Your Complete Guide to the Chicago Blues Scene
Interview with Jorma Kaukonen
During a visit to Chicago to perform at the Old Town School of Folk Music, the venerable folk-blues-roots guitarist discussed many topics, including his new CD, Rev. Gary Davis, John Lee Hooker, The Jefferson Airplane, Hot Tuna, Fur Peace Ranch, Widespead Panic and much more.
By Greg Easterling
Guitarist Jorma Kaukonen has been involved with music for most of his life and also for much of the rest of our lives too. As related so well in the liner notes of his 2015 Red House Records release, Ain’t in No Hurry, Kaukonen played his first songs on the back porch of his childhood home in Washington, D.C.
Early influences were classic: The Carter Family, The Louvin Brothers and folk murder ballads. Later as an Antioch College student in Ohio, he was introduced to the music of legendary bluesman, the Rev. Gary Davis who has been a lifelong inspiration to Kaukonen. Moving between Ohio, New York City and D.C. in the early 1960s, Kaukonen experienced the Greenwich Village folk scene and the world of bluegrass music through festival appearances by Bill Monroe, Flatt and Scruggs and others.
Eventually, Kaukonen headed out to California to attend the University of Santa Clara, close enough to San Francisco to run into future rock icons Janis Joplin, Jerry Garcia, and Paul Kantner, the latter with whom he would form Jefferson Airplane in 1965.
From Jefferson Airplane Takes Off to Thirty Seconds Over Winterland, Kaukonen was the band’s lead guitarist, displaying his talents on rock classics such “Somebody To Love”, “White Rabbit”, “Volunteers” and “Crown of Creation”. Along the way, Kaukonen contributed his folk-blues stylings on prime cuts like “Embryonic Journey”, “Good Shepherd”, “Ice Cream Phoenix”, and “Third Week in Chelsea”. In 1969, while still with the Airplane, Kaukonen and his longtime friend and JA bass player Jack Casady created the blues oriented band Hot Tuna, a group that continues to the present day.
A solo career was inevitable as well and Kaukonen has been recording his own projects since 1974, starting with Quah, an appealing blend of originals such as “Genesis” and blues standards written by the Rev. Davis and others.
The road eventually led Kaukonen back to Ohio where he founded the Fur Peace Ranch, a guitar and music camp where Kaukonen and guest instructors are able to pass along their passion and musical knowledge to many others. Kaukonen was in town this past December to play Chicago’s venerable Old Town School of Folk Music and we had a chance to talk about a wide range of topics, from his latest Red House Records release to his long time interest in the music of the Rev. Gary Davis.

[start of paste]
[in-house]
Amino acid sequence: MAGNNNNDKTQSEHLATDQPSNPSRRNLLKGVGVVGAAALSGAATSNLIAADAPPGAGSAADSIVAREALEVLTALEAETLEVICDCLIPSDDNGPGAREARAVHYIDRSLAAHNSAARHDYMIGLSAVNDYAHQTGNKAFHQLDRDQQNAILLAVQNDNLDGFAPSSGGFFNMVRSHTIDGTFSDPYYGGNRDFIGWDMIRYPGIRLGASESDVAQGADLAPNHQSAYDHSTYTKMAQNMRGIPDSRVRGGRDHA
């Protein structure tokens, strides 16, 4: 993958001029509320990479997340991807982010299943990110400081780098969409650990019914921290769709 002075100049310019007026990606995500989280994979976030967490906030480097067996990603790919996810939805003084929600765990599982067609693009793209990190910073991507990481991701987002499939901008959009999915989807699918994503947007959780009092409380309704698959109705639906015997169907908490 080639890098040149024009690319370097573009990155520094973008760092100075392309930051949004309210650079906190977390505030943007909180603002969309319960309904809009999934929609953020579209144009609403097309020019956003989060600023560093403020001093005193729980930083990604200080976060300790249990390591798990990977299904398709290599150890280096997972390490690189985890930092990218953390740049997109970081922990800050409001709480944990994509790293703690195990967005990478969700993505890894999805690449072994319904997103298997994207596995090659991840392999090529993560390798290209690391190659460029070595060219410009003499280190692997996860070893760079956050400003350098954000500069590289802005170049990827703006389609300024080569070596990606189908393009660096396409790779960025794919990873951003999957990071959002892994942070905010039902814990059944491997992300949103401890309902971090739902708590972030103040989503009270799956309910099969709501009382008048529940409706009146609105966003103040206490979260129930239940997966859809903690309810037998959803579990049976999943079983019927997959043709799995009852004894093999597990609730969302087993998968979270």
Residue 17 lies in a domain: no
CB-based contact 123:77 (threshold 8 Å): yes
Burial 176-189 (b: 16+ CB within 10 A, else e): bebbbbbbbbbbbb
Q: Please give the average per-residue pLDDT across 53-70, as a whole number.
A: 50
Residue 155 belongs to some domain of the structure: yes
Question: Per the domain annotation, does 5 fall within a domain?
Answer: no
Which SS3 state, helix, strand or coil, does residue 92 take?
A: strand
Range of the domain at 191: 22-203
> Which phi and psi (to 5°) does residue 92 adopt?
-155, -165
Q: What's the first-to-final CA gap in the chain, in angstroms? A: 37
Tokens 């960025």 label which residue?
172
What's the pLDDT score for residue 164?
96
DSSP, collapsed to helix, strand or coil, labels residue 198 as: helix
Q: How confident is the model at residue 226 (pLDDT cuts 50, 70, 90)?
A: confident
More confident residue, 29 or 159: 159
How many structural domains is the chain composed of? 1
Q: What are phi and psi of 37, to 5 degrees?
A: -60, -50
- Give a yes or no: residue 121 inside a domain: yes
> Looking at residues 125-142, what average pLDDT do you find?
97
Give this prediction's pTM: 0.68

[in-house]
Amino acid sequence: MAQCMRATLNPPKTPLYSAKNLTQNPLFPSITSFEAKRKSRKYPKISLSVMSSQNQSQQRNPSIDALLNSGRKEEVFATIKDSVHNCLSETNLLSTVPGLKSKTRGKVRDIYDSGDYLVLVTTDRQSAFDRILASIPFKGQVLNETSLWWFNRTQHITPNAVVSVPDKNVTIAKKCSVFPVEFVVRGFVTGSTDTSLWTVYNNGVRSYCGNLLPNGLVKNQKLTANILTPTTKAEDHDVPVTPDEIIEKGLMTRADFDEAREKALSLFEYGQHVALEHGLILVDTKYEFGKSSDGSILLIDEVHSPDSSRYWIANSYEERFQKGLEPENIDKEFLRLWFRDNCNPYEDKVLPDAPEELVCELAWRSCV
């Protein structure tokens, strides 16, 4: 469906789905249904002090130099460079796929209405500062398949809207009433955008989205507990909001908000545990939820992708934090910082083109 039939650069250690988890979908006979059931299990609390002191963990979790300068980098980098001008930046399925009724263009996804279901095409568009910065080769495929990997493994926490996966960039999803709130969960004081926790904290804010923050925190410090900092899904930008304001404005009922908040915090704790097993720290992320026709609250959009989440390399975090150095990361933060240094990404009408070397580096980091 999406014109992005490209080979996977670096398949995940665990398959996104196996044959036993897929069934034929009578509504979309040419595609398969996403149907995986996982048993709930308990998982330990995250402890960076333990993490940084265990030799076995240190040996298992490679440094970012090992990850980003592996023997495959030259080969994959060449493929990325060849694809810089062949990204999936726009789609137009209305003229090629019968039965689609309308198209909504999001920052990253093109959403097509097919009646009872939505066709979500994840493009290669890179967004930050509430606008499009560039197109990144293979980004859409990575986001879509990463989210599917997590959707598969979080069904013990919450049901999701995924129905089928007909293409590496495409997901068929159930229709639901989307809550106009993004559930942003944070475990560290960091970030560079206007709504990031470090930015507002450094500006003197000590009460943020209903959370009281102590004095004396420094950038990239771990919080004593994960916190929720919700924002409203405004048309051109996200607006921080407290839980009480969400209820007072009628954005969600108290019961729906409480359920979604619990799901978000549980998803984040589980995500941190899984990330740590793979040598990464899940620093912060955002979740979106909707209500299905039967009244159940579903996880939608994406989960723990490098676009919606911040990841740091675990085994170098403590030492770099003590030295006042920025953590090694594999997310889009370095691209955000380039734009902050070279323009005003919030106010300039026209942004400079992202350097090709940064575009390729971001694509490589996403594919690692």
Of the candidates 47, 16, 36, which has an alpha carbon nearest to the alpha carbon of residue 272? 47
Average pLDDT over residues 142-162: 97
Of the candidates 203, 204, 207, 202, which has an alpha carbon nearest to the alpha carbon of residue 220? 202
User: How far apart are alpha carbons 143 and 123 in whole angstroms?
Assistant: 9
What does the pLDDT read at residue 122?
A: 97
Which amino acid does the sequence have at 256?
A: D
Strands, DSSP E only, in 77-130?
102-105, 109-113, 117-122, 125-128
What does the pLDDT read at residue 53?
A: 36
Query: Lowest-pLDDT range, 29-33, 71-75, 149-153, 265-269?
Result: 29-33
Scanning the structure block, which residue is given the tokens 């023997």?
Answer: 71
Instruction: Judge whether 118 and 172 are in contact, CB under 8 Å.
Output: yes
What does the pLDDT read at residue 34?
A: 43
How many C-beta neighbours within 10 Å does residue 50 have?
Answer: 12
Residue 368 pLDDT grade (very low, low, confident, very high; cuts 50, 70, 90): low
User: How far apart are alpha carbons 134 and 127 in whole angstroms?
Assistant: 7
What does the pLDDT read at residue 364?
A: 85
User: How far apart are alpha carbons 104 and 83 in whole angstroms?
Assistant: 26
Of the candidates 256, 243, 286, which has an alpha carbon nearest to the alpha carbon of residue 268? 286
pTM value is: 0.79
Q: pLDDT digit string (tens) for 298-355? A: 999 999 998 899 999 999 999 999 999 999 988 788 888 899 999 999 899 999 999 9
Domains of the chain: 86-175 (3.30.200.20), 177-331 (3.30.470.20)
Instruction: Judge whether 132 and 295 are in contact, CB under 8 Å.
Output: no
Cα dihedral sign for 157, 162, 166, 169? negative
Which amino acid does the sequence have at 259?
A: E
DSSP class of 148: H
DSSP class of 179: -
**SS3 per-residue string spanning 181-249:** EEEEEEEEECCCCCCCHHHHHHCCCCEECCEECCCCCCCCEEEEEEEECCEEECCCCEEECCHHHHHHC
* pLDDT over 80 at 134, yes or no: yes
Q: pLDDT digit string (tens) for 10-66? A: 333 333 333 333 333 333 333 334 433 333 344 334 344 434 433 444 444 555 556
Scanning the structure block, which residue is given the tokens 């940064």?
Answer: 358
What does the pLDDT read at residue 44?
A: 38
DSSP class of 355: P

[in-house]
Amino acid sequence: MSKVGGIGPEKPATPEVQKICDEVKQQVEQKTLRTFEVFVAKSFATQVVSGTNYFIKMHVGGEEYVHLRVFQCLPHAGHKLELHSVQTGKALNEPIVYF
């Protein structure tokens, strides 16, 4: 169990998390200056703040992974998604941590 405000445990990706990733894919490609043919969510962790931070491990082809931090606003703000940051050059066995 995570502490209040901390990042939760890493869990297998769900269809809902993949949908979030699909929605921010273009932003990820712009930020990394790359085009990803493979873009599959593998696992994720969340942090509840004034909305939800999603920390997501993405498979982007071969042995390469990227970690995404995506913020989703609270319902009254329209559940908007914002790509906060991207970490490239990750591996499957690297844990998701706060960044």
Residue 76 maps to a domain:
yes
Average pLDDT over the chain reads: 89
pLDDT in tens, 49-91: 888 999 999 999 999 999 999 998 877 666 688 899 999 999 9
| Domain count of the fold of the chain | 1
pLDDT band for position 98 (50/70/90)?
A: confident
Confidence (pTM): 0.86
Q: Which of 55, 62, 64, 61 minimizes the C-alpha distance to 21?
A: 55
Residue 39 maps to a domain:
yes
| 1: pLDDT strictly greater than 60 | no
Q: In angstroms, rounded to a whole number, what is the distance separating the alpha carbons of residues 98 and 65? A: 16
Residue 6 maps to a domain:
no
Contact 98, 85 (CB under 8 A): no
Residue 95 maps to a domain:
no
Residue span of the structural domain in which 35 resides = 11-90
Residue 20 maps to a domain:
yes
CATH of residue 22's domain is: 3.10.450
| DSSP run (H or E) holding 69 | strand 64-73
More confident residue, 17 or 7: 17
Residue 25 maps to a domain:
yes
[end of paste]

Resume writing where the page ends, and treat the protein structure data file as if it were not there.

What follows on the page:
Greg: In the liner notes to your latest album, you wrote that your choice of songs is an
effort to tell your story, sometimes anticipating things that you want to happen but also
things you fear might happen. Besides being classic songs, what are we to make of
Your inclusion of “Brother Can You Spare a Dime” and “Nobody Knows You When
You’re Down and Out” in the new album? Anything personal there?
Jorma: No (laughs). They are both timeless songs of course. “Nobody Knows” is a
song I learned in New York, probably in 1960 and when I moved to California in ’62, I
backed Janis Joplin doing that song, I had never really played it much myself. I think it’s
on a live Hot Tuna record, maybe Live at Sweetwater but we had never done a studio
version of it. It’s just such a great song, it needed to be done.
Greg: Just looking around today at the current state of affairs in the U.S. and elsewhere with the homeless, it’s very timely.
Jorma: We were talking about Chicago traffic earlier. At almost every intersection where there is a place for a pedestrian, there’s some poor soul with a sign.
Greg: The Rev. Gary Davis has been an important influence on you and you usually record one or two of his songs on your albums.
Jorma: In general I do, but I didn’t this time. It’s not a conscious thing. People always talk about how you pick songs for albums.
For me, nature abhors a vacuum and when the vacuum no longer exists, the album is done. A lot of people might record more songs than they need but I’m not that person. So once I have what I need, I’m done.
Greg: Getting back to the Rev. Davis, what has attracted you to his music over the years?
Jorma: Well, there are a lot of things. There’s something so infectious about his style of
music. I’m obviously not the only one that’s attracted to his music, a lot of guys from my
my generation are attracted to him, not just me.
Greg: But you have been a real proponent of his for a long time.
Jorma: I certainly have and there’s a lot of stuff. The guitar playing. As a neophyte
finger style guitar player when I discovered him, he was sort of the Holy Grail in many
respects and he still is. I’m not a Rev. Gary specialist but I have listened to so much of
his music over the years. But on top of that, there’s the lyrics even though all of his
songs are not upbeat, like “Death Don’t Have No Mercy” but he is such a lover of life.
That’s the message I always got from his playing. Whether he was singing about death
or ‘oh glory how happy I am’. He’s such an upbeat person and if you think about the life
he must have lived. Now keep in mind, I met the Reverend and he was friends with
friend of mine though I was not a physical student of his. But from
what I’ve read, this man had a hard life but he was never a downtrodden guy.
Greg: You sing Rev. Davis’ songs in such a non self-conscious sort of way. A lot of his
song lyrics are very biblical and kind of evangelical. Some might feel uncomfortable
singing them if they are not religious but you always have. Is there a spiritual match
between you and the songs or is it more of a homage to a bluesman you respect?
Jorma: That’s a good question, I never thought of it before. I think there is a special
match and that’s interesting because I’m Jewish. I’m not a strictly practicing Jew but (that is)
the cultural milieu I come out of. There are a lot of us middle class Jewish guys